One of Pam Ahrens' charges as director of Idaho's Department of Administration is to chair the Information Technology Resource Management Council (ITRMC), the state's statutorily created governing body for information technology. In her position, she helps carry out Gov. Dirk Kempthorne's IT plans for Idaho, and, with representatives from throughout the state, recommends short- and long-term policies and strategies.
How does ITRMC approach its statewide governance structure?
You start out with a vision of policies and standards [and] you build the tools and resources and infrastructure. Then you focus on educating the people that have to participate in the development of applications -- educating the state legislators and training [them] about what emerging technologies are available -- what makes sense for delivery of services to Idaho citizens. We do that through a boot camp. Each year we have an information technology boot camp for public policy-makers so that we can talk about the emerging challenges in information technology. We also work hard to recruit and retain professionals and the talent that we need to implement many of the standards. We're looking in the future for more interaction with local governments and the federal government so that information that Idaho citizens receive electronically [is] seamless. Where this goes in our governance structure may need to change as the information technology world changes.
How do the state agencies get along with ITRMC?
Before the standard or policy [is] voted on by ITRMC, we've gone to all the major agencies and discussed [it] with them and they have helped develop that policy and standard. If their agency doesn't meet the particular standard or guideline at this point, they're directed to when they have the funds. If they make an investment in the future, then the future investments will need to comply with the standards, and that's all you can expect because some agencies have more funding available than others.
What is the significance of a centralized resource like ITRMC?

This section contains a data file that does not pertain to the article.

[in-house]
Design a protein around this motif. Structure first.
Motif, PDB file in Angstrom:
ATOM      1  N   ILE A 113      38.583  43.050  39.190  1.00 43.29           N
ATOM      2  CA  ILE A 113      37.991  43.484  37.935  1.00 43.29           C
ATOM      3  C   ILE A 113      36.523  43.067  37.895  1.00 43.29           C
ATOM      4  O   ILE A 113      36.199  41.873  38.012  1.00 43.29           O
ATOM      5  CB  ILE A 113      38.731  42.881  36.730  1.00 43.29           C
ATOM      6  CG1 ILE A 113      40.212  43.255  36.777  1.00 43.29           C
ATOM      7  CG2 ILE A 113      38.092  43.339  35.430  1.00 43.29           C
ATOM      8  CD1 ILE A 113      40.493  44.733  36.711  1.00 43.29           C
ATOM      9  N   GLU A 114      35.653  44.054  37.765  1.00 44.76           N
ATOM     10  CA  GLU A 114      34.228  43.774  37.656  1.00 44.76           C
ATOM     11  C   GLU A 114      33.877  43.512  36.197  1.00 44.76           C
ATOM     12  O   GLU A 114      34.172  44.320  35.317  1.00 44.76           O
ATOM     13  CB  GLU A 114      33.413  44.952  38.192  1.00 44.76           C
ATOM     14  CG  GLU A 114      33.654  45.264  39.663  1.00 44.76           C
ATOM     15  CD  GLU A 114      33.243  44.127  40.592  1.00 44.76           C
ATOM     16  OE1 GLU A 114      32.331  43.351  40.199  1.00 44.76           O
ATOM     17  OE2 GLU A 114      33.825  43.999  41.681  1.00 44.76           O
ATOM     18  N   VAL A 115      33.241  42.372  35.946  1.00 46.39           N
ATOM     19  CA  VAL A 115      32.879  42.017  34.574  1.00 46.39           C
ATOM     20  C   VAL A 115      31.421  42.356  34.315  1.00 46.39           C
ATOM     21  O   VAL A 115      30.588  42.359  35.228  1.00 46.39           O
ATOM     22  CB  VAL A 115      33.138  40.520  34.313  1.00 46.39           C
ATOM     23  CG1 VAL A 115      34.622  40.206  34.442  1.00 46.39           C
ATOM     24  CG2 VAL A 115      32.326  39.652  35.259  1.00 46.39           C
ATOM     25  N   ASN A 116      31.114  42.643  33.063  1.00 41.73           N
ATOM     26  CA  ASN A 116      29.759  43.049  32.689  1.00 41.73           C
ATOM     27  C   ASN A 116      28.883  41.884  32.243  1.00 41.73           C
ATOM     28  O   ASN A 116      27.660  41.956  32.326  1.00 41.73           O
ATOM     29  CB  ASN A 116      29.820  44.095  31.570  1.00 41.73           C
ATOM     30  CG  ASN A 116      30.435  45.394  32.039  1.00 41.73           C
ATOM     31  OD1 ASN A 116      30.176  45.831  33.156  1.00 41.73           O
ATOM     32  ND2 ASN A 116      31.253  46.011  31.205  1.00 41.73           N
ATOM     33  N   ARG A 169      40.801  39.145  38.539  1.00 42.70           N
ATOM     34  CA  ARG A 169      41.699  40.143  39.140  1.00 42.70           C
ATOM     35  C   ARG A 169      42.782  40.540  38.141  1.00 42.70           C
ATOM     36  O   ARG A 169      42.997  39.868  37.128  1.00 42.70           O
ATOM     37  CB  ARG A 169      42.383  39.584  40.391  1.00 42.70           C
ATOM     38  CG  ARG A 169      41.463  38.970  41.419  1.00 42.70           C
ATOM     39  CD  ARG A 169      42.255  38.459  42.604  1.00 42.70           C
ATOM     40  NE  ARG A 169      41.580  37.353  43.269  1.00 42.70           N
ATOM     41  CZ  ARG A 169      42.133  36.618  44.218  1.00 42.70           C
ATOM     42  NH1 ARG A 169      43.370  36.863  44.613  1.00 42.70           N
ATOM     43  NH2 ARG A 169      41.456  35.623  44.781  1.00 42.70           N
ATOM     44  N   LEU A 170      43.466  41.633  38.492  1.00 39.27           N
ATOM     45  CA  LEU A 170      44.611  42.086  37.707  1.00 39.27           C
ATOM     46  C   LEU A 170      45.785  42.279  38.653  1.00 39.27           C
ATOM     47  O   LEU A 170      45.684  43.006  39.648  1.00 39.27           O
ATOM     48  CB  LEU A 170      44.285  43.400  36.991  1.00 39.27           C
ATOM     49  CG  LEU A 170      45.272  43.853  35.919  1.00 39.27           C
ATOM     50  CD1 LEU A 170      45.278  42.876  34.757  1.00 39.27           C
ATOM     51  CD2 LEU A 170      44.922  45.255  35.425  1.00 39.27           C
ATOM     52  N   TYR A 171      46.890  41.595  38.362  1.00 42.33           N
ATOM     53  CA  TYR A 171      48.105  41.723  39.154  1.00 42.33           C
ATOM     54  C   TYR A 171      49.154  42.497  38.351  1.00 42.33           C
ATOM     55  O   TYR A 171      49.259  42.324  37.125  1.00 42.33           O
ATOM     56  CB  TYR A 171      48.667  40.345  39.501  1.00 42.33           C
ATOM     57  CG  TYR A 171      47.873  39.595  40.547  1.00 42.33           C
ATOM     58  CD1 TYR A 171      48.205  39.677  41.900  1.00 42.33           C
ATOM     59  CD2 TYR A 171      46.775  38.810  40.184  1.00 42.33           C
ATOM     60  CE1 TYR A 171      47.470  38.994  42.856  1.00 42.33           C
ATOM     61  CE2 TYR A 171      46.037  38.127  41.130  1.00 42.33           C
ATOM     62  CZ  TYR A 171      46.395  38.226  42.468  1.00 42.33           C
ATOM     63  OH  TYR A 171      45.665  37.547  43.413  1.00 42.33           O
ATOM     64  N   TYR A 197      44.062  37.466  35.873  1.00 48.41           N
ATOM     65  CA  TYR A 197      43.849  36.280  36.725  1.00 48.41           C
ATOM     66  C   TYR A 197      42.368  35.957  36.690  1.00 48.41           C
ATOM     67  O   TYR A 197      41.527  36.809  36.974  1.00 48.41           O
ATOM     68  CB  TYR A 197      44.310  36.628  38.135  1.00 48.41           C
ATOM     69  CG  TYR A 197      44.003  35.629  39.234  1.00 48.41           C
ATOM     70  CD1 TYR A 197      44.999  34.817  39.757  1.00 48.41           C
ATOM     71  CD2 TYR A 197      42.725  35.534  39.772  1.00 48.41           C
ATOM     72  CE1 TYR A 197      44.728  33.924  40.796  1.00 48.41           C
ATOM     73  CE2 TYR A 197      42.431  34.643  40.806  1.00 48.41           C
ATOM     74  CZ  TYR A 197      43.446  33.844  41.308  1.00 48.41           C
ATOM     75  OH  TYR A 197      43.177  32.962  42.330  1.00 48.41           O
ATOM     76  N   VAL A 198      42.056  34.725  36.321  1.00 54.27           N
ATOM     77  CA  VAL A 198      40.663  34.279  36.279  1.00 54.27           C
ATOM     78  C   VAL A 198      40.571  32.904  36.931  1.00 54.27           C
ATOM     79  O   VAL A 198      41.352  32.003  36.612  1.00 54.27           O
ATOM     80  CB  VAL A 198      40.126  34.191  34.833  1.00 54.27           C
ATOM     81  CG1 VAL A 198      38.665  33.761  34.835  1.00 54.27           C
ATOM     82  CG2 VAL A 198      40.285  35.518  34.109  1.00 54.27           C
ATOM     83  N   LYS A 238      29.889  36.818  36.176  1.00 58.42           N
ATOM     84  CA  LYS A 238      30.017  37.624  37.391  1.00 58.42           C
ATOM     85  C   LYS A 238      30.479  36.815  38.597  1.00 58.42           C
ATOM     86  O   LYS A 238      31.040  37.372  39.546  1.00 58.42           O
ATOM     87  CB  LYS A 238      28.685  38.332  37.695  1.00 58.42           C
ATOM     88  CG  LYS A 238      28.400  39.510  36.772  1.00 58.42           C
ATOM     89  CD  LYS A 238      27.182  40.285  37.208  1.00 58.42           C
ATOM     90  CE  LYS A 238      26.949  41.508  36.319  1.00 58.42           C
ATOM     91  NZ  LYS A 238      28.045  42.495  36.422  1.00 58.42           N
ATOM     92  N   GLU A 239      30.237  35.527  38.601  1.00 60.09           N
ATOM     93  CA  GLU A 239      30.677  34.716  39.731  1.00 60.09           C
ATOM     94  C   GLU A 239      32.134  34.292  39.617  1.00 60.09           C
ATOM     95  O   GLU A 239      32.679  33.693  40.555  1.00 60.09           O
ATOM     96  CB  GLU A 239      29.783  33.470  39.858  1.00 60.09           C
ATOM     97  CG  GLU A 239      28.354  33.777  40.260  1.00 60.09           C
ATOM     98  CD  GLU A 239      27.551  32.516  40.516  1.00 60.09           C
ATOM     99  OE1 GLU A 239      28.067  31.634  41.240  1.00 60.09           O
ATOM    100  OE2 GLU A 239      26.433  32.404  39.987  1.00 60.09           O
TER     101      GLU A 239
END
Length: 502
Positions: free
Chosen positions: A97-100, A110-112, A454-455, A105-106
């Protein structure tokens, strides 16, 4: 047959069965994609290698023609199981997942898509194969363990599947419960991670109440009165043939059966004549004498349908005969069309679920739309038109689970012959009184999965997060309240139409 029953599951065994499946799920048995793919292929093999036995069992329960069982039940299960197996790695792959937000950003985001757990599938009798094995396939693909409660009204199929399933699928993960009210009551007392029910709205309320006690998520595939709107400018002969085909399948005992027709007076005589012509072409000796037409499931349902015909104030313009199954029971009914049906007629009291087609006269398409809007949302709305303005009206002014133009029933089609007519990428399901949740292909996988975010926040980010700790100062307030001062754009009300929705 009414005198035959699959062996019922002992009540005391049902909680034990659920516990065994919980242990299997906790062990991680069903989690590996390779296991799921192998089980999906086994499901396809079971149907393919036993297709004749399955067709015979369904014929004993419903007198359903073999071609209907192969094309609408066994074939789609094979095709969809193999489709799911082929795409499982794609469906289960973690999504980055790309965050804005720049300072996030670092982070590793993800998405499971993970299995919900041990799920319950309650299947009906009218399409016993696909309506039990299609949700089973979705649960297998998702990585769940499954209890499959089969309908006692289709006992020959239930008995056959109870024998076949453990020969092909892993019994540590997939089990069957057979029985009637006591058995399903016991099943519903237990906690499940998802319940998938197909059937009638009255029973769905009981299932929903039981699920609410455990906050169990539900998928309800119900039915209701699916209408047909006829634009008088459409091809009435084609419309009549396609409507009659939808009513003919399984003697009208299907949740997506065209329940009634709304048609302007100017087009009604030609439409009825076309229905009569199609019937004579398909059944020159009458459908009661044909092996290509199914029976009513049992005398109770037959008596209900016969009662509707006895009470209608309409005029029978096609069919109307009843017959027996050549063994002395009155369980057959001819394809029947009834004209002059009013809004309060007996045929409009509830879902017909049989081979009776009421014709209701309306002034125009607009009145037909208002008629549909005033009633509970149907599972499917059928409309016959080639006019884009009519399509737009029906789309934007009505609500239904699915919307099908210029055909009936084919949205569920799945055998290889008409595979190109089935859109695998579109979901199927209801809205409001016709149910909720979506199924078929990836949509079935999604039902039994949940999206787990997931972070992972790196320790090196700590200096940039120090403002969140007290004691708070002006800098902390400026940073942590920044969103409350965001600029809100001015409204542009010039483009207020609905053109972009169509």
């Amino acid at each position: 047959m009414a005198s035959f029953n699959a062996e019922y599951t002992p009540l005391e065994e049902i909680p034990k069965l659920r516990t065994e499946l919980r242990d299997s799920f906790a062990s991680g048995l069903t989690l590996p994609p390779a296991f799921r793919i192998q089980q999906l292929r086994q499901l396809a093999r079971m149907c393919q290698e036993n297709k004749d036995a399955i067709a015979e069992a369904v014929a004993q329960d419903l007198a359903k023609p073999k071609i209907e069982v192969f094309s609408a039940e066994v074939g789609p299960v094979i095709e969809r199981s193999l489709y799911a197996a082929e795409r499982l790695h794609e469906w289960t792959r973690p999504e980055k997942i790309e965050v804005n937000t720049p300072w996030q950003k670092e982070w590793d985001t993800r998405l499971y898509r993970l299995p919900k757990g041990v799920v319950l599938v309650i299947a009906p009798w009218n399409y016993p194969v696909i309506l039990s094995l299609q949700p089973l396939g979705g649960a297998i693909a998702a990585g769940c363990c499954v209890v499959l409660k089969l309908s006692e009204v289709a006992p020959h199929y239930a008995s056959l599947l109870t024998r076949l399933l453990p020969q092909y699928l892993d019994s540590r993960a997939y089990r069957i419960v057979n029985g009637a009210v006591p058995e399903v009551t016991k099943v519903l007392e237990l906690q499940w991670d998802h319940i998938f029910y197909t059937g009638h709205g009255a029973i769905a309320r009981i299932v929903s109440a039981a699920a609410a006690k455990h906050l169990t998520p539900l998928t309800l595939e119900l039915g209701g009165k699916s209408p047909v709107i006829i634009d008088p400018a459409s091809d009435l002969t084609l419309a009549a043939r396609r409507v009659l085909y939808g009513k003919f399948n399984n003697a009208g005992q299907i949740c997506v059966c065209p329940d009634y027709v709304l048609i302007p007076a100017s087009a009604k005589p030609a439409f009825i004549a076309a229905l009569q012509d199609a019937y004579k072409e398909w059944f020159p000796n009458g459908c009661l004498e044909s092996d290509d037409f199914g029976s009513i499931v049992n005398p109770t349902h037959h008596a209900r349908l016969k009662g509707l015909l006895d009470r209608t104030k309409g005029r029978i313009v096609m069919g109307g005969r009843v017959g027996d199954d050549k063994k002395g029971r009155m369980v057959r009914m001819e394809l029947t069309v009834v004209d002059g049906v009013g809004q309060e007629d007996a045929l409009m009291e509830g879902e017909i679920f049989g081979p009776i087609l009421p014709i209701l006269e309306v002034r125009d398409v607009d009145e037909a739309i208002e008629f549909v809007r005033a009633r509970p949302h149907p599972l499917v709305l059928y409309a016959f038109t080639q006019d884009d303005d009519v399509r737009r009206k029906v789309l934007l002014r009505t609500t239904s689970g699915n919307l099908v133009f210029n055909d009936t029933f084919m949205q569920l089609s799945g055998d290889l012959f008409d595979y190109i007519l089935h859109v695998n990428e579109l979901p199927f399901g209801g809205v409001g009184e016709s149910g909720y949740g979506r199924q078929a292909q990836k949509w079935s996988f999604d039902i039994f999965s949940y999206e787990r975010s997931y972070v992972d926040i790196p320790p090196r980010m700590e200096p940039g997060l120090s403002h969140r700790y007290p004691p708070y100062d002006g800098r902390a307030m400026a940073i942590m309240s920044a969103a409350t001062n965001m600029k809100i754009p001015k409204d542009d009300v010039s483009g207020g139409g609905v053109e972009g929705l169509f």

Government is very risk-adverse. They're very fearful of failure because any failures that we may have in government, you'll read about it in the front page of your local newspaper. So you want to coach people to succeed -- meaning take care of as many processes and tasks as you can, so when an agency begins looking at implementation of applications, they don't have to go out and begin at square one and bid this and bid that. When you have a centralized resource like we have, that's the value that we add. We do a lot of the work for the smaller agencies.
What would you tell a state considering a centralized governance resource?
We pooled the talent for our research and development group. By agreeing on a base standard, individual decisions by agencies can be made knowing that in information technology, the boundaries that we arbitrarily put up are taken away -- that centralizing some resources allows you to do more with less. It's certainly a matter of utilizing your human resources and your financial resources to the maximum. Before asking for new funds, I'd look first at the money we currently have and how we're spending that. You have to maintain accountability for success of IT programs with individual agencies. It's a dynamic discipline and it doesn't wait for anyone but it's a matter of putting an organizational structure together that allows you to anticipate what the future needs are going to be and move very quickly.
You're really focused on this central coordination with local agency innovation and control. The frontline agencies know their business best, and information technology is nothing more than a business support tool and should be what drives the decisions.
The other thing is it has to be in the law. It has to be written in your code saying this is the way we plan to manage our information technology dollar.
What are your days like?
I try to spend as much of the day as I can not putting out fires but looking for ways to enhance what we do: kind of look a little bit to the future. If you have responsibility as a manager, you also have responsibility as a leader. It's a very diverse position; it's very challenging. One day is never the same as the day before. That's what makes it fun.